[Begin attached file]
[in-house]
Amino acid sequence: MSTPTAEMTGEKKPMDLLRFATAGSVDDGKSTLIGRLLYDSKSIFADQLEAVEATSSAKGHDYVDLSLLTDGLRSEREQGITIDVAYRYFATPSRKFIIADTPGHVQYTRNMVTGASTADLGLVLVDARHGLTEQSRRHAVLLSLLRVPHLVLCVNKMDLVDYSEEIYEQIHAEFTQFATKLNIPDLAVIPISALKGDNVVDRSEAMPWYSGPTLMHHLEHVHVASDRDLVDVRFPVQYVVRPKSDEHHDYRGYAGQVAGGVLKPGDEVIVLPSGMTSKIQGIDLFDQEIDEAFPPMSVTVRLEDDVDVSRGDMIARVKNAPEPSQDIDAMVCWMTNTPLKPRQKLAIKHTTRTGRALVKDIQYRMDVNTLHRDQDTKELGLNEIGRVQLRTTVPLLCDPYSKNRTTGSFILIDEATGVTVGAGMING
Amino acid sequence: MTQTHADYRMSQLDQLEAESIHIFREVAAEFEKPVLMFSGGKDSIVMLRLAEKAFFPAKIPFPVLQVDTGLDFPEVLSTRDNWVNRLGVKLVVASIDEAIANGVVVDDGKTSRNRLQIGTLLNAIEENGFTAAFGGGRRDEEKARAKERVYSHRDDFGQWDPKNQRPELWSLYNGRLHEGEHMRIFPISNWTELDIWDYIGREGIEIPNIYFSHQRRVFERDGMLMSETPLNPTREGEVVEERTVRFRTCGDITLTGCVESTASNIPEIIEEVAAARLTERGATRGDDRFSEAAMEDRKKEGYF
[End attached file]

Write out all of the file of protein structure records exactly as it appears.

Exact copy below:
[in-house]
Amino acid sequence: MSTPTAEMTGEKKPMDLLRFATAGSVDDGKSTLIGRLLYDSKSIFADQLEAVEATSSAKGHDYVDLSLLTDGLRSEREQGITIDVAYRYFATPSRKFIIADTPGHVQYTRNMVTGASTADLGLVLVDARHGLTEQSRRHAVLLSLLRVPHLVLCVNKMDLVDYSEEIYEQIHAEFTQFATKLNIPDLAVIPISALKGDNVVDRSEAMPWYSGPTLMHHLEHVHVASDRDLVDVRFPVQYVVRPKSDEHHDYRGYAGQVAGGVLKPGDEVIVLPSGMTSKIQGIDLFDQEIDEAFPPMSVTVRLEDDVDVSRGDMIARVKNAPEPSQDIDAMVCWMTNTPLKPRQKLAIKHTTRTGRALVKDIQYRMDVNTLHRDQDTKELGLNEIGRVQLRTTVPLLCDPYSKNRTTGSFILIDEATGVTVGAGMING
Amino acid sequence: MTQTHADYRMSQLDQLEAESIHIFREVAAEFEKPVLMFSGGKDSIVMLRLAEKAFFPAKIPFPVLQVDTGLDFPEVLSTRDNWVNRLGVKLVVASIDEAIANGVVVDDGKTSRNRLQIGTLLNAIEENGFTAAFGGGRRDEEKARAKERVYSHRDDFGQWDPKNQRPELWSLYNGRLHEGEHMRIFPISNWTELDIWDYIGREGIEIPNIYFSHQRRVFERDGMLMSETPLNPTREGEVVEERTVRFRTCGDITLTGCVESTASNIPEIIEEVAAARLTERGATRGDDRFSEAAMEDRKKEGYF